As Prime Minister Narendra Modi’s government reaches the 100-day mark of its second-term in office, the public discourse remains dominated by Kashmir and a slowdown in the economy. However, as a student at MIT, a university mostly known for science and engineering, I feel a palpable excitement in the scientific community on this campus for a very different national feat right now, the Chandrayaan 2 mission’s lunar touchdown, which will coincide with the 100-day mark.

On 7 September, when the Vikram Lander ejects the Pragyan Rover to roll out and analyse the lunar terrain, India expects to become the world’s first country to land on the moon’s highly uneven south pole. Prof. Goverdhan Mehta of the Space Commission calls it as “India’s Sputnik moment", for it represents a big leap forward for Indian science. Such missions require decades of scientific effort, government planning, and an adequate allocation of resources.

Apart from the ability to orbit a solar-system object, the Chandrayaan 2 project shall demonstrate a capability to land on the surface and carry out scientifically valuable exploratory missions around landing points through robotic rovers. On board the craft, there are eight scientific payloads. Experimental data from these would make precise measurements of the chemical and mineral composition of the moon, map the topography of the lunar surface to intensify a search for the presence of hydroxyl and water molecules. In general, exploring the south pole area will significantly improve our understanding of the moon, for the region contains an unperturbed historical record of the inner solar system environment.

India had conducted an exhaustive study over 1999 to 2003 to chart out its future space missions. The study involved the country’s noted space experts and policymakers and led to the decision of India’s first moon mission, Chandrayaan-1, a crewless deep-space mission launched in 2008 that didn’t involve a landing. The decision was influenced by two specific factors: the satellite-building and launch vehicle capabilities of the Indian Space Research Organisation (Isro) and the interest of India’s scientific community, as well as an opportunity to qualitatively upgrade our technological capabilities in areas such as control, guidance and navigation, deep-space communications, and other fields. Chandrayaan-1 satisfactorily fulfilled its mission objectives. It discovered the possible existence of water in the exosphere and on the surface as well sub-surface of the moon, mapped the mineralogical and chemical properties of the lunar regolith, atmosphere and ionosphere, and studied aspects of solar radiation interaction with the moon.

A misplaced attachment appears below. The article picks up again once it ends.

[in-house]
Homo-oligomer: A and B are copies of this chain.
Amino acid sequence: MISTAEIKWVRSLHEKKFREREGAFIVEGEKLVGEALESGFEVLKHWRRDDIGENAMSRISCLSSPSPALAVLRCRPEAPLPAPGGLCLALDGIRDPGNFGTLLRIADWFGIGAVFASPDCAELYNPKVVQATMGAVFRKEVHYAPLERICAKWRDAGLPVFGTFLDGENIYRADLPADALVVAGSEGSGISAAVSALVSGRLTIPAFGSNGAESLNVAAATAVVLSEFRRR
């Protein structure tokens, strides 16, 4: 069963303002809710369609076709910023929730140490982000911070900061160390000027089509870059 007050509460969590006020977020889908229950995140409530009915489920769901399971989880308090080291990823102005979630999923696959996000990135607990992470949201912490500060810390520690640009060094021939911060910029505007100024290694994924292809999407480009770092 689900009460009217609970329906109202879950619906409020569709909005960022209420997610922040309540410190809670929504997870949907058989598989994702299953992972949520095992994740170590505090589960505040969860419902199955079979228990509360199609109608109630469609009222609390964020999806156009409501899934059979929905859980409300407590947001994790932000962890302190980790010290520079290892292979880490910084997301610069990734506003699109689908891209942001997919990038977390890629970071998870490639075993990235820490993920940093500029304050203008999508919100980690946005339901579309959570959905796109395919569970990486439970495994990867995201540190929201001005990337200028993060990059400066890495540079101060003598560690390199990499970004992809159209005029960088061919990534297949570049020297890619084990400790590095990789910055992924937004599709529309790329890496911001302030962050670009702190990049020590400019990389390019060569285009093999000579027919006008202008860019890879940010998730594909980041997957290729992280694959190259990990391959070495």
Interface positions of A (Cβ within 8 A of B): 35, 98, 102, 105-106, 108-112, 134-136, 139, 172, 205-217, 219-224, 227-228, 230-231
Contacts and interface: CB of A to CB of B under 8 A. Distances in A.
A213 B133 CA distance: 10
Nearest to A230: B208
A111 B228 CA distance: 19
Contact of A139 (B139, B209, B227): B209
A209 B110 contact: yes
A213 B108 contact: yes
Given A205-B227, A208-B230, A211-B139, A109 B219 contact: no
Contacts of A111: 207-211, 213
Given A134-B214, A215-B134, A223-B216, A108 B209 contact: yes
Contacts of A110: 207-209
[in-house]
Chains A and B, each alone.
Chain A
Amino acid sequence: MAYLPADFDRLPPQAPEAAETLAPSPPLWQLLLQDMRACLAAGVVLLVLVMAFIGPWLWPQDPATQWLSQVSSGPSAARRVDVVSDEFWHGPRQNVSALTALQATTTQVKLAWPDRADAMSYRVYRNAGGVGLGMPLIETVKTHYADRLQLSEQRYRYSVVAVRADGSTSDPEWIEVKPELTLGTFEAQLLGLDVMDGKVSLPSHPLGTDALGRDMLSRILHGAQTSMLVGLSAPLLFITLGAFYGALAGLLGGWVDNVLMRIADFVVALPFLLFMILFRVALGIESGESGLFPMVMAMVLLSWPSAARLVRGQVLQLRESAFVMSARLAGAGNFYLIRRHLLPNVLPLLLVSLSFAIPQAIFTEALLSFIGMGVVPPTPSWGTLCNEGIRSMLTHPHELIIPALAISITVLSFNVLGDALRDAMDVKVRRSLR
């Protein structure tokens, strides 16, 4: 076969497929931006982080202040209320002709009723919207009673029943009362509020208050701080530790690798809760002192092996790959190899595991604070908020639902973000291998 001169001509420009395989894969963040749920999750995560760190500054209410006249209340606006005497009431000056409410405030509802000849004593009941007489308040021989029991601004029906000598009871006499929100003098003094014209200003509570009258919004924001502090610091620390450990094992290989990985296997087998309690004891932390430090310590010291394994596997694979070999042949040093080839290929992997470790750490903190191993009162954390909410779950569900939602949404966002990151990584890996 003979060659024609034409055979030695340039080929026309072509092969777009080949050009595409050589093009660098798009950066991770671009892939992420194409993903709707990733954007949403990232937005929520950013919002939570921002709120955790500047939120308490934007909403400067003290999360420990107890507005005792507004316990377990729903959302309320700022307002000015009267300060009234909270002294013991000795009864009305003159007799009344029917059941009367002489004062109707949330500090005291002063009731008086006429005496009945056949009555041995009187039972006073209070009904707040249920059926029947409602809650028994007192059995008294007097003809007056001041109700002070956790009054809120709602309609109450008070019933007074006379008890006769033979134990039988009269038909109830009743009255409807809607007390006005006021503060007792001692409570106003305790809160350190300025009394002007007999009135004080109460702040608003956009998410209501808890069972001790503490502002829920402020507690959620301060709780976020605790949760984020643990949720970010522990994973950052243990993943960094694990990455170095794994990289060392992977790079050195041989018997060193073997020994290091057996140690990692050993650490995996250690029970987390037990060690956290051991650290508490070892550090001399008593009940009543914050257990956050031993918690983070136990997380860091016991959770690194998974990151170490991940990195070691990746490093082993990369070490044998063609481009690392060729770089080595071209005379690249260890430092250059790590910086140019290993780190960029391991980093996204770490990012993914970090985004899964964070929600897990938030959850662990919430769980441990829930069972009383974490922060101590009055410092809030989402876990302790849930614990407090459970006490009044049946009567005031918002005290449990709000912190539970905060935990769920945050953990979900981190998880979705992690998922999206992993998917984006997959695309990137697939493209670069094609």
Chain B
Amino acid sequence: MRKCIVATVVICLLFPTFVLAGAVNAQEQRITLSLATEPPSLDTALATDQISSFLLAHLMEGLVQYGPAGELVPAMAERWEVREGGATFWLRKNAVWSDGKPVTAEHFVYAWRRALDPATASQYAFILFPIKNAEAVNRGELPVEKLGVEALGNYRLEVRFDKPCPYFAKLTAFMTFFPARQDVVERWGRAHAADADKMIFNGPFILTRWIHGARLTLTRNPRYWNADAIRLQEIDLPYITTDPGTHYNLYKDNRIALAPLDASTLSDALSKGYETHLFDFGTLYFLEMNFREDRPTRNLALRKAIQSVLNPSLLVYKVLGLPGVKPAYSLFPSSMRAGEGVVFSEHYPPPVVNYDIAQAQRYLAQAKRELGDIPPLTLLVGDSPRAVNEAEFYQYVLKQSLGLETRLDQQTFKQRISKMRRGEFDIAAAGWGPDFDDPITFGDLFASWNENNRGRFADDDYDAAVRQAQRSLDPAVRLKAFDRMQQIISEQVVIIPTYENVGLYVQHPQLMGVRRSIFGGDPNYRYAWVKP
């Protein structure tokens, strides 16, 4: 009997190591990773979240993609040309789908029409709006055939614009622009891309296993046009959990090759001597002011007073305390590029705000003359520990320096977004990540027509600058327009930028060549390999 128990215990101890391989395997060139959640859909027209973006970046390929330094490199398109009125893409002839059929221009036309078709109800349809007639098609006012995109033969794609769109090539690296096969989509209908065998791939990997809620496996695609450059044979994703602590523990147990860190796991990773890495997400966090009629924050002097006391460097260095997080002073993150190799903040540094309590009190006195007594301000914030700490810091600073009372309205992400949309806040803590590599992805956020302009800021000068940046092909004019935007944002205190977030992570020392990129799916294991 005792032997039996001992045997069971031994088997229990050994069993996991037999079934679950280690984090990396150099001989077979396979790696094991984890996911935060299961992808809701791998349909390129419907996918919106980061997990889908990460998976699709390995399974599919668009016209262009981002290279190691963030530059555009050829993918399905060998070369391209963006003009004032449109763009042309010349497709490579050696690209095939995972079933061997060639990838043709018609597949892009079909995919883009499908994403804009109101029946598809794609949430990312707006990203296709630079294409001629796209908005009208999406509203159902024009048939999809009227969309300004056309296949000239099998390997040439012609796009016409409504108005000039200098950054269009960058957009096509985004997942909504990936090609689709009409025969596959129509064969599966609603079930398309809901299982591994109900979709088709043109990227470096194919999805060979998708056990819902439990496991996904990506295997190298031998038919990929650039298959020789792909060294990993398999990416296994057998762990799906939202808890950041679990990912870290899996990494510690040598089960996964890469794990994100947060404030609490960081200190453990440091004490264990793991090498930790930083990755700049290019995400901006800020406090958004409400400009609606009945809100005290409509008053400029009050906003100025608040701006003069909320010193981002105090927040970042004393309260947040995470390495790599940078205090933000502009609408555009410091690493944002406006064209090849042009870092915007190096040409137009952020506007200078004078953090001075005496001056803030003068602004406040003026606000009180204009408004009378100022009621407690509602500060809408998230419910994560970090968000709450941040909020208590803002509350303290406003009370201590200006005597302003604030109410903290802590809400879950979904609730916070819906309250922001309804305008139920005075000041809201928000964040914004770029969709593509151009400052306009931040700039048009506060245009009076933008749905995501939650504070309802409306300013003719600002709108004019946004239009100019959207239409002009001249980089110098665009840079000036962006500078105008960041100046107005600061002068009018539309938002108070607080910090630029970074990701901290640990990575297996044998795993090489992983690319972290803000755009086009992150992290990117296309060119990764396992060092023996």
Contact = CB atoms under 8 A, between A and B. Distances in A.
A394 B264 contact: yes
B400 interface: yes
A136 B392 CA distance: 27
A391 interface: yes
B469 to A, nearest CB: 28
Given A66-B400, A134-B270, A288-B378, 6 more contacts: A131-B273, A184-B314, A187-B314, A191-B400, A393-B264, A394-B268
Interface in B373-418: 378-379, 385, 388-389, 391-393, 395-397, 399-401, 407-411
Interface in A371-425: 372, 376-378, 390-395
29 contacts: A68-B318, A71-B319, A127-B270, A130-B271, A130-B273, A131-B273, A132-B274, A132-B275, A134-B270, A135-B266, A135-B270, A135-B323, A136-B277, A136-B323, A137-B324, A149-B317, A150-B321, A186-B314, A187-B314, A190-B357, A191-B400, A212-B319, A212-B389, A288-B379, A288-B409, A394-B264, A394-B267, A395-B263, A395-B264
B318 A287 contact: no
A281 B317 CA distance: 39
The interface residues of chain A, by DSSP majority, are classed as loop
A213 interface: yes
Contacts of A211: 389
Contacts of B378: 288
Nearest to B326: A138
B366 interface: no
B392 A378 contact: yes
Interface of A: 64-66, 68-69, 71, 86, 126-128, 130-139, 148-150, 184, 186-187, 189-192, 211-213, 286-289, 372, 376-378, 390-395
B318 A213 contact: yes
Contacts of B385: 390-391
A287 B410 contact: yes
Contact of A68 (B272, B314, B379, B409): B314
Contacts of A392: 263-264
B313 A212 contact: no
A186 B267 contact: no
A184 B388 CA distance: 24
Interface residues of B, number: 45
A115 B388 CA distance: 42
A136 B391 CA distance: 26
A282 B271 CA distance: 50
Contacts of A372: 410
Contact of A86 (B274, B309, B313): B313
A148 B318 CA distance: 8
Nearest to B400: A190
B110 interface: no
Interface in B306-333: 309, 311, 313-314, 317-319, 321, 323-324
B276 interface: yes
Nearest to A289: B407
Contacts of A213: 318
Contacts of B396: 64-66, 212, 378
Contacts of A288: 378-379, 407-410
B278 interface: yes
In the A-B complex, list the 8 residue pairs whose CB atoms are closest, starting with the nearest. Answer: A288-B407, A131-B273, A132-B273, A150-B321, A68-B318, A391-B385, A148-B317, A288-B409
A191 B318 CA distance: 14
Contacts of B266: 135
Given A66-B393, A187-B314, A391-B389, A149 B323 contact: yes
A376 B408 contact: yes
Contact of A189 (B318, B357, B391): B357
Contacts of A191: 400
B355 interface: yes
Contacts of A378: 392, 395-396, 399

In recent decades, India’s launch vehicle programme has matured, with ISRO a cost-effective launcher of domestic and foreign satellites. As of 2018, India had launched 237 satellites for 28 different countries. Using these technologies, India has also built a series of sophisticated satellites for applications such as remote sensing, communication, broadcasting and navigation, as also for scientific missions. Spurred by this, the success of the Chandrayaan-1 mission, and 2013 launch of India’s first interplanetary mission to Mars, Isro got the government’s nod to go for a more sophisticated mission, Chandrayaan 2, involving far higher level of technology, more detailed scientific measurements and a substantial increase in the complexity of the mission’s overall scope.

With missions like Chandrayaan 2, India hopes to play its rightful role in such future ventures, which could be mostly international and for which the country could develop confidence through a set of national initiatives.

The use of the moon as a take-off point to reach other locations in the solar system is also recognized as an attractive strategy. Here too, the preliminary experience gained from Chandrayaan 2 could be very valuable from technical and scientific points of view. “Near-earth orbital missions, geosynchronous missions, near-Earth human spaceflight missions, robotic lunar and planetary exploration involving many solar system objects will be well within India’s reach in the next decade. In my view, this sets the perspective for Chandrayaan 2," says K. Kasturirangan, former chairperson, Isro.

The mission is a major capability boost for India in its plans to conceive even more complex undertakings to nearby and distant planets and other bodies of the solar system, like the crewed mission, Gaganyaan, scheduled for 2022 to mark India’s 75th year of independence. However, as we celebrate our Sputnik moment, let us also remind ourselves that the allocation of resources to research and development in India is the lowest among BRICS nations. In 2014-15, India spent only about 0.69% of its gross domestic product (GDP) on R&D, while Brazil, Russia, China and South Africa spent 1.24%, 1.19%, 2.05%, and 0.75%, respectively. Also, the level of spending on R&D as a fraction of GDP has remained stagnant for the past two decades. I hope that the success of the Chandrayaan 2 mission would draw the attention of our policymakers to increase the country’s level of support to science.

Shekhar Chandra is a PhD student in public policy at the Massachusetts Institute of Technology

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